“Now, that’s not surprising. Anybody who’s been following the NBA the last couple years, we know Boston has been loading up on assets, a ton of picks — including all those great picks from the Brooklyn Nets — they’ve got a bunch of young players, they have the ability to create a package that could get Westbrook there without giving up key pieces. They could still have Isaiah Thomas, Al Horford, who they just signed, hold onto Jae Crowder, presumably, and add Westbrook to that.
“Because that’s the concern or the challenge for any team trying to trade for Westbrook. Not only do you have to be concerned about his free agency next summer, and you’re going to want some assurance that he would want to stay, but you’ve got to be able to trade for him while still having enough players for him to play with when he arrives.”
Got all that? It’s a load to process, because it’s a lot of self-described speculation from Beck, who we can safely assume is as plugged in as anyone with general managers at Las Vegas Summer League. The one thing we know for certain is Westbrook becomes an unrestricted free agent next summer.
But that creates an issue for both the Thunder and any potential Westbrook suitors. Presti would be wise to acquire something in return for his lone remaining superstar, in order to avoid what happened with Durant again next summer, so long as he’s convinced the five-time All-Star will leave Oklahoma City. But he’d have to be absolutely convinced, because losing another superstar in his prime does not bode well for the Thunder. After all, if you can’t make it work with any of three perennial MVP candidates — Durant, Westbrook and Harden — then your future is bleak, my friend.
As for Westbrook’s potential suitors, Boston would absolutely be in the mix, and you can be sure Celtics president of basketball operations Danny Ainge will place the call. In fact, I’m sure he already has. The Celtics can offer any combination of Thomas, Crowder, Avery Bradley and/or Marcus Smart — all talented young players signed to relatively cheap long-term contracts — along with some of their picks, which include Brooklyn’s next two first-rounders. Presti will try to increase the pot, and Ainge will hold on to as many chips as possible, but few teams could match Boston’s best package.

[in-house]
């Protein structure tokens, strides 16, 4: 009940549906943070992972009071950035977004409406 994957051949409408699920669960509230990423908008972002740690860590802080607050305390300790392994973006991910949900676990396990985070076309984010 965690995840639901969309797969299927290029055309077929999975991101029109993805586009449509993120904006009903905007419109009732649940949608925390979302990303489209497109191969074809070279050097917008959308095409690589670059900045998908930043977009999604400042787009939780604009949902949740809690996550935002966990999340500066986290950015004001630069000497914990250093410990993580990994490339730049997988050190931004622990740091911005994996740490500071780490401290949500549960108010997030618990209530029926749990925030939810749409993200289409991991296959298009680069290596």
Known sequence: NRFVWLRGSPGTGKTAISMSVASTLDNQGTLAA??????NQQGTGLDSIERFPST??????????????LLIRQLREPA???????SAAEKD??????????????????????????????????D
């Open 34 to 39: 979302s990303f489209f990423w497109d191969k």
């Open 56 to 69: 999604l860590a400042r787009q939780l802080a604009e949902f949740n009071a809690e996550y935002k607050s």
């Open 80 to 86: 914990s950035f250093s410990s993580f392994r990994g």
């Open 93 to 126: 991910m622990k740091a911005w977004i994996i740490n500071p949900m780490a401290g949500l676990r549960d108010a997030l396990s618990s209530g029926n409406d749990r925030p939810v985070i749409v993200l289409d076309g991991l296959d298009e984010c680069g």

But the C’s, like any potential Westbrook suitor, would need assurance he would stay in one place, and such an assurance would be hard to come by. Depending on how desperate Westbrook would be to leave OKC, if he wants to become a free agent, there’s nothing stopping him from becoming one in a summer when any number of teams will be offering an even more profitable max contract. It’s long been rumored Westbrook would like to return to his hometown of Los Angeles, whether it’s the Clippers or Lakers, and Ainge would be weary to give up a potential top-five pick or any of the aforementioned players for a one-year Westbrook rental, only to see him leave for the Lakers.
Such is the dilemma facing Westbrook, the Thunder and every rumored suitor between now and the time he’s either traded or becomes a free agent in 2017. Get your popcorn ready, because another summer superhero blockbuster could be on the horizon. Only this time Durant isn’t co-starring.